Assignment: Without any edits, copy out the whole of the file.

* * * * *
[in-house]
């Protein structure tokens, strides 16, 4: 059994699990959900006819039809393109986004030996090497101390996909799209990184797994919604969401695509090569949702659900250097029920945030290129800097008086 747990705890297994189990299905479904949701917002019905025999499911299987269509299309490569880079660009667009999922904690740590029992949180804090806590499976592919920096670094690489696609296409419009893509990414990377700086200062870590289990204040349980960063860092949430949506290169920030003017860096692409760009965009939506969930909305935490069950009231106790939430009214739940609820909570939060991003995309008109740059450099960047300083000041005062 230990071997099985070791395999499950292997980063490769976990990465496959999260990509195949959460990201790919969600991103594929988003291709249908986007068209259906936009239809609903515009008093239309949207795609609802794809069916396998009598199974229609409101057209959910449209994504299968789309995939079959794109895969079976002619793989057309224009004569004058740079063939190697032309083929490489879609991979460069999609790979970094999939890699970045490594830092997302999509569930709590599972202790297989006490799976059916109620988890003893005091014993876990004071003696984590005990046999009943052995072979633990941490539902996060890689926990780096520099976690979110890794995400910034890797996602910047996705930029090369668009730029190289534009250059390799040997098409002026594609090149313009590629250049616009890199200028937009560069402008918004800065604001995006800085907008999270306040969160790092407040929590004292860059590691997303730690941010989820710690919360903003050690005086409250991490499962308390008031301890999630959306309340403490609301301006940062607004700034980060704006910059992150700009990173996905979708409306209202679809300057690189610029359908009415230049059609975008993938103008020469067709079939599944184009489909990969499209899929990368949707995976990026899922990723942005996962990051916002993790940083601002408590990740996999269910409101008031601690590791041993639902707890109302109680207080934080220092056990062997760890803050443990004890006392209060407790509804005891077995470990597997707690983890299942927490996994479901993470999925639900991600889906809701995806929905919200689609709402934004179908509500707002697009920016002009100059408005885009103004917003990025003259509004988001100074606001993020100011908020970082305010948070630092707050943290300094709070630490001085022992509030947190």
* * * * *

[in-house]
């Protein structure tokens, strides 16, 4: 059994699990959900006819039809393109986004030996090497101390996909799209990184797994919604969401695509090569949702659900250097029920945030290129800097008086 747990705890297994189990299905479904949701917002019905025999499911299987269509299309490569880079660009667009999922904690740590029992949180804090806590499976592919920096670094690489696609296409419009893509990414990377700086200062870590289990204040349980960063860092949430949506290169920030003017860096692409760009965009939506969930909305935490069950009231106790939430009214739940609820909570939060991003995309008109740059450099960047300083000041005062 230990071997099985070791395999499950292997980063490769976990990465496959999260990509195949959460990201790919969600991103594929988003291709249908986007068209259906936009239809609903515009008093239309949207795609609802794809069916396998009598199974229609409101057209959910449209994504299968789309995939079959794109895969079976002619793989057309224009004569004058740079063939190697032309083929490489879609991979460069999609790979970094999939890699970045490594830092997302999509569930709590599972202790297989006490799976059916109620988890003893005091014993876990004071003696984590005990046999009943052995072979633990941490539902996060890689926990780096520099976690979110890794995400910034890797996602910047996705930029090369668009730029190289534009250059390799040997098409002026594609090149313009590629250049616009890199200028937009560069402008918004800065604001995006800085907008999270306040969160790092407040929590004292860059590691997303730690941010989820710690919360903003050690005086409250991490499962308390008031301890999630959306309340403490609301301006940062607004700034980060704006910059992150700009990173996905979708409306209202679809300057690189610029359908009415230049059609975008993938103008020469067709079939599944184009489909990969499209899929990368949707995976990026899922990723942005996962990051916002993790940083601002408590990740996999269910409101008031601690590791041993639902707890109302109680207080934080220092056990062997760890803050443990004890006392209060407790509804005891077995470990597997707690983890299942927490996994479901993470999925639900991600889906809701995806929905919200689609709402934004179908509500707002697009920016002009100059408005885009103004917003990025003259509004988001100074606001993020100011908020970082305010948070630092707050943290300094709070630490001085022992509030947190």